“Let the person who has ears listen!” Then he added, “Take care what you listen to. The closer you listen, the more understanding you will be given—and you will receive even more.” (Mark 4:23-24)
As we move forward to the end of the year, we have some choices to make about the words we say and the words we listen to.
When we listen to words that promote and escalate fear, violence, division and hate, when we listen to the vilification of whole groups of people, when we listen and rejoice at anger, rudeness and name-calling, we are listening to verbal violence, to terrorism of the tongue.
These words denigrate the words of Jesus. These words revile His image. They cheapen God’s grace and mercy, and belittle Christ’s sacrifice.
“The most important is, ‘Listen, Israel, the Lord our God is the only Lord. So love the Lord your God with all your heart, with all your soul, with all your mind, and with all your strength.’ The second most important commandment is this: ‘Love your neighbor as you love yourself.’ No other commandment is greater than these.” (Mark 12:29-31)
Terrorism works by terrorizing people – by keeping them too terrified to continue on with their way of lives. Terrorism works by turning people to focus on reckless rhetoric, naming people as the problem instead of calling out the problem as the problem.
“Ah, but who is my neighbor?” asked the scholar, hoping to make himself appear smarter than Jesus. (Luke 10:29)
In first century Israel, Hebrew people considered Samaritans an enemy. They were of a different religion, ethnicity and culture, and even though they lived in the same land, they did not assimilate with Jewish people. In response to the question “who is my neighbor,” Jesus told the story of the Good Samaritan (Luke 10:30-37).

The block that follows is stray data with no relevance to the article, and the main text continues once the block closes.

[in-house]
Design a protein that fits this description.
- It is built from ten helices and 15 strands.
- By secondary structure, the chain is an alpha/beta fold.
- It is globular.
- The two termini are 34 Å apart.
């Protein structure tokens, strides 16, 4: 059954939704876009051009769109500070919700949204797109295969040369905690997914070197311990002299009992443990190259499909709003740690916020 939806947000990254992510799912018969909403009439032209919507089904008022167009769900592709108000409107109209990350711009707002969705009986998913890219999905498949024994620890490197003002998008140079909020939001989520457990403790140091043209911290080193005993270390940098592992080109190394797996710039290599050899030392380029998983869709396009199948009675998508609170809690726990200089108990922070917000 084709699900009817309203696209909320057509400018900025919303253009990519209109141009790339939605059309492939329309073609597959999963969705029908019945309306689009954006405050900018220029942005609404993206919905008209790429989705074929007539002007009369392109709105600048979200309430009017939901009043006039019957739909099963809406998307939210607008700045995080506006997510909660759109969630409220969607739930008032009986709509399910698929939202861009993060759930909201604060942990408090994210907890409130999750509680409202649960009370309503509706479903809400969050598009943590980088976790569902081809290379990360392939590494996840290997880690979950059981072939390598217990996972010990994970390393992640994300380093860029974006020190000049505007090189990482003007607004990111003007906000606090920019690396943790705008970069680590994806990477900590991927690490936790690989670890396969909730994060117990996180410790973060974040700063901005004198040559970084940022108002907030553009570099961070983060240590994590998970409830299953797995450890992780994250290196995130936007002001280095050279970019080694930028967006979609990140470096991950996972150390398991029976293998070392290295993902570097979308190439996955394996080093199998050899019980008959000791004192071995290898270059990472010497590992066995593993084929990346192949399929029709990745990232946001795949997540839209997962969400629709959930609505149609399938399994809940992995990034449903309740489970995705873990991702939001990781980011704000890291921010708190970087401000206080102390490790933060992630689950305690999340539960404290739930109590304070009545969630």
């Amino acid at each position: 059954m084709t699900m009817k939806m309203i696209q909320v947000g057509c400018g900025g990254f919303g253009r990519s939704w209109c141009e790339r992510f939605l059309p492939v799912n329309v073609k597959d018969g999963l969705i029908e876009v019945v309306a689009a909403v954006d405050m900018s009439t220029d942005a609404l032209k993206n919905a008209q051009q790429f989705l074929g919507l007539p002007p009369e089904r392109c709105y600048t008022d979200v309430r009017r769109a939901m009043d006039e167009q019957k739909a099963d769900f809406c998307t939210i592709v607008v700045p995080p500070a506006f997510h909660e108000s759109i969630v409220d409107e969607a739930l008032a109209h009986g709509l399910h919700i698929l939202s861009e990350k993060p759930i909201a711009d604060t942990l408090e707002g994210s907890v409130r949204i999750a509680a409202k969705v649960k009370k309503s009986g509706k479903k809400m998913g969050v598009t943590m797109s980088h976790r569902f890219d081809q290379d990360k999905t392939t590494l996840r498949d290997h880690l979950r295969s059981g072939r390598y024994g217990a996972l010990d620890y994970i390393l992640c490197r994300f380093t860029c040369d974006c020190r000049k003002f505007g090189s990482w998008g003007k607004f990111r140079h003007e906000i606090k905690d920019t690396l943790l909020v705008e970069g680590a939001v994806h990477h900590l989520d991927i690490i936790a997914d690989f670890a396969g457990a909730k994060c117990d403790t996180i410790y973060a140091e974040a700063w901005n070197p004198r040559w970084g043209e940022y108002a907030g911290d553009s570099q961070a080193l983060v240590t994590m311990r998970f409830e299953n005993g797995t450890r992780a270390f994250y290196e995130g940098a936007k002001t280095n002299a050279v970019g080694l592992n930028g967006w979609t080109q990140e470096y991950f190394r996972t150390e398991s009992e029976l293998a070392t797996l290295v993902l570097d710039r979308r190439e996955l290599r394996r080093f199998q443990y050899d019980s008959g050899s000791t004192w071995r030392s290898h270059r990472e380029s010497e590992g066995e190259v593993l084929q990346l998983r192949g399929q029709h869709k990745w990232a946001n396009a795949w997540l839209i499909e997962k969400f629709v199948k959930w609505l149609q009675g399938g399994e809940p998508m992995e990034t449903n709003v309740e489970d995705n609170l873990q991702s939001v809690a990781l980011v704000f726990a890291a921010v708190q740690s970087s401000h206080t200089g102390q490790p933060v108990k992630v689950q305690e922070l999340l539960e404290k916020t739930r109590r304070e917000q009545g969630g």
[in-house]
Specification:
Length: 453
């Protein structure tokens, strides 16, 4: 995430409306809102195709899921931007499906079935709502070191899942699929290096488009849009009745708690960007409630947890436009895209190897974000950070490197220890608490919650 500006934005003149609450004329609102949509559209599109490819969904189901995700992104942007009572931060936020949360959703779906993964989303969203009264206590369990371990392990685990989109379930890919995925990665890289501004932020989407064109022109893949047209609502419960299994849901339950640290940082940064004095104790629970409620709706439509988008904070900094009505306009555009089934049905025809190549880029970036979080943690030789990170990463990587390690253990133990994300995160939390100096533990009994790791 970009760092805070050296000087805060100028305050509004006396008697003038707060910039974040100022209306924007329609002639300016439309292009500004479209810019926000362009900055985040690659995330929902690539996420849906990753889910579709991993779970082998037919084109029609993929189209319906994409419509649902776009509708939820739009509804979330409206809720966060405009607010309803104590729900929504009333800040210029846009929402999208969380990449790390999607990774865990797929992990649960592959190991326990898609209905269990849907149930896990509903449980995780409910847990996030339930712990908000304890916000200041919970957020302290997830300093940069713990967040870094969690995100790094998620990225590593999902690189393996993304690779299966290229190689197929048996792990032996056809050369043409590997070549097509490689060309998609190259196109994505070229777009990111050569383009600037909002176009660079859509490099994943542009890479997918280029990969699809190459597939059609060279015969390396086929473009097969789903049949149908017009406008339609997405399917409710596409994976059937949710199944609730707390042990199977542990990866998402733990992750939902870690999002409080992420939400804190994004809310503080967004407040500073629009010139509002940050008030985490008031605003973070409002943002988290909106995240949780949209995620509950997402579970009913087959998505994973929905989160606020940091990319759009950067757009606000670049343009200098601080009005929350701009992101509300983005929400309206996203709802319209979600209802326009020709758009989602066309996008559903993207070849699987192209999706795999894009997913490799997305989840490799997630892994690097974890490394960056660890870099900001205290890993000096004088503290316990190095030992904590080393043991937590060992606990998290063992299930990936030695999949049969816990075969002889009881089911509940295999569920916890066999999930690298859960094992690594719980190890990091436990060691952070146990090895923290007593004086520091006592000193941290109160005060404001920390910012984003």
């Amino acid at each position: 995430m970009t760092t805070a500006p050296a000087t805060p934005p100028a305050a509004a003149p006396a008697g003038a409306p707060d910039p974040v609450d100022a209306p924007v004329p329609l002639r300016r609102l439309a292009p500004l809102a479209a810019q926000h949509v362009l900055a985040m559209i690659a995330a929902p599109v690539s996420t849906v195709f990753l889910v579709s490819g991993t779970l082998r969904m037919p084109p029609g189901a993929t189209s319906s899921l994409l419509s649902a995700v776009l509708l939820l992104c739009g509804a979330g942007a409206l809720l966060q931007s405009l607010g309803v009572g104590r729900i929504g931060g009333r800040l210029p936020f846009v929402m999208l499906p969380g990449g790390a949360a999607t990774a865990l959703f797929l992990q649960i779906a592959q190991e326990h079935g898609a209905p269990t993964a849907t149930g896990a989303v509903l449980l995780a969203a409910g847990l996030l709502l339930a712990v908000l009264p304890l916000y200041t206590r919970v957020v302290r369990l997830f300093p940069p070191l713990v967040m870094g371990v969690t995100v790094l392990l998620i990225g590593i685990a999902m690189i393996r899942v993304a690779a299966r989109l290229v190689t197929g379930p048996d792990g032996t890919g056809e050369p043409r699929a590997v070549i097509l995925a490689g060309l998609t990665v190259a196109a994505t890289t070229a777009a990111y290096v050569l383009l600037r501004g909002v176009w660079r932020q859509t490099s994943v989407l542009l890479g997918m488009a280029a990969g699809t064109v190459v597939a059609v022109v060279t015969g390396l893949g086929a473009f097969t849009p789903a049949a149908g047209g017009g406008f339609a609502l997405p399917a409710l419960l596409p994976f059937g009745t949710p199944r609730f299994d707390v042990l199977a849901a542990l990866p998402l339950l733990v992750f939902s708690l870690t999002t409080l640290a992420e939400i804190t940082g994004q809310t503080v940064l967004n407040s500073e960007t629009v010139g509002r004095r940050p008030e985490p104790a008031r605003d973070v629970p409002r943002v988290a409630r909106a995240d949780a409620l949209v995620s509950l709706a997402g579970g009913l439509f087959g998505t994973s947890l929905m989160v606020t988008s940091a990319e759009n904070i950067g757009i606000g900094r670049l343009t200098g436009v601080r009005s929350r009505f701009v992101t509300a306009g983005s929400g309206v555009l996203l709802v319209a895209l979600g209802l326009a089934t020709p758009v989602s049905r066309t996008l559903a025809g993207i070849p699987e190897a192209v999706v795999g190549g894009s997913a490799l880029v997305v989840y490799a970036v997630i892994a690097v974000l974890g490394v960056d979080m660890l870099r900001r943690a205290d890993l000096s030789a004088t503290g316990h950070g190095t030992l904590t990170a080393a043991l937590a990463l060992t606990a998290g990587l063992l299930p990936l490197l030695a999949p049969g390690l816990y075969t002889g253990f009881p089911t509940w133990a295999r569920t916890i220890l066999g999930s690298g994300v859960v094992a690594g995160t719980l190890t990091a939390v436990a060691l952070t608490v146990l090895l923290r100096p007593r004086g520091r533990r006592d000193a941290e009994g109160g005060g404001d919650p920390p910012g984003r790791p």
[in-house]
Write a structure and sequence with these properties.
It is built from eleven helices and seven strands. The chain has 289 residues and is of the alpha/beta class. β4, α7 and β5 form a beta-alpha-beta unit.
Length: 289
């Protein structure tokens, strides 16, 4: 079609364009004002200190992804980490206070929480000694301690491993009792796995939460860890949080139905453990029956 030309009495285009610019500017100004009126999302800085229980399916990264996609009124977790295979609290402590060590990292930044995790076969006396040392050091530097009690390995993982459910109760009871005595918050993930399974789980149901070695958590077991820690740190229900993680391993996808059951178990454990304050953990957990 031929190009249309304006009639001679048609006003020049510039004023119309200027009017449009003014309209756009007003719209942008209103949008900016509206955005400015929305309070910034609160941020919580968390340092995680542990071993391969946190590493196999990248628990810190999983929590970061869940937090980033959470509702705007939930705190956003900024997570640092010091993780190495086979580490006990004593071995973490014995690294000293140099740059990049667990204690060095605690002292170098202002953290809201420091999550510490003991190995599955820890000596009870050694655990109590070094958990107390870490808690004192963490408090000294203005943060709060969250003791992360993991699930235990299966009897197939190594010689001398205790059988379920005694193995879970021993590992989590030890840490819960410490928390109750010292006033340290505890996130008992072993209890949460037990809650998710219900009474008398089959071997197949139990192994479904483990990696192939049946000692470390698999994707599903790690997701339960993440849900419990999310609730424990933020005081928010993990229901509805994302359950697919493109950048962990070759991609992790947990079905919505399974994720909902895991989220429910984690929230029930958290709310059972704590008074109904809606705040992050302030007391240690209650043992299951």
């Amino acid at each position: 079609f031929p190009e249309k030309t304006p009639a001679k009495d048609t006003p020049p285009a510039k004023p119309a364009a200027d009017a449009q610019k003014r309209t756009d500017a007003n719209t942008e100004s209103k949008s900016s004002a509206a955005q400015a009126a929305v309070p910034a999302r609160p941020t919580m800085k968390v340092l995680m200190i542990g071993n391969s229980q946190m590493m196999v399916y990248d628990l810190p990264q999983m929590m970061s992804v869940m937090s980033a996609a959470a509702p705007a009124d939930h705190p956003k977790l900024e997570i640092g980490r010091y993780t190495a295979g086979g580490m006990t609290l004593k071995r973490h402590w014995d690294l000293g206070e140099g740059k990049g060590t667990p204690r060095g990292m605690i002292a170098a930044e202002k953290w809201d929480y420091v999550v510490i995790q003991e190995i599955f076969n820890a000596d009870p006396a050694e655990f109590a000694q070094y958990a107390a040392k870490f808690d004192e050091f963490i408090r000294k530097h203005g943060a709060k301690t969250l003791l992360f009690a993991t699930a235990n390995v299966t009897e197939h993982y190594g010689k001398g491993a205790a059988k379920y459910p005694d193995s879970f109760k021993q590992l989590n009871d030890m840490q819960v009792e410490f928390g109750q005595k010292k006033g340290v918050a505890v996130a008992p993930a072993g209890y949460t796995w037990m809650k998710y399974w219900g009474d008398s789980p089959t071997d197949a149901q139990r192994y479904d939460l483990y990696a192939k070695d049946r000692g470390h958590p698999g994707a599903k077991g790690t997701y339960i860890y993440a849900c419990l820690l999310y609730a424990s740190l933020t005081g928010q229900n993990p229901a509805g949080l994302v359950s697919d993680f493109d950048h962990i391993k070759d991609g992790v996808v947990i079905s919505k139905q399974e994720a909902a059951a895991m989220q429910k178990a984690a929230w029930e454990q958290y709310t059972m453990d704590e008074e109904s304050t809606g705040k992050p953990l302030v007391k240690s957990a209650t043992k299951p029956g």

“You shall have the same rule for the foreigner and for the native, for I am the Lord your God.” (Leviticus 24:22)
Today, our neighbors may be black or Hispanic, Asian/NHPI, Native American or European (cuz let’s face it, white isn’t a race), Jewish or Muslim, Christian or atheist, Buddhist or Hindu, gay or straight. What words do we use to describe “them?” Do we classify “them” all the same? Do we fear “them?” Do we regard “them” as a problem?
Have we taken the time to know any one of “them” as individuals? Do we know his story? Do we know her family? Do we understand his struggles? Do we have compassion for her pain, as Jesus did for the Samaritan woman at the well?
When we speak words of grace, encouragement, compassion and love, we mirror His image. We honor the words He spoke. We allow His Spirit to use us for God’s good pleasure. We lift others and become His heart, His hands and feet. We put aside our own small agendas and take on His greater mission.
“So you shall divide this land among you according to the tribes of Israel. You shall allot it as an inheritance for yourselves and for the foreigners who reside among you and have had children among you. They shall be to you as native-born children of Israel,” declares the Lord God.” (Ezekiel 47:21-22, Matthew 25:34-40)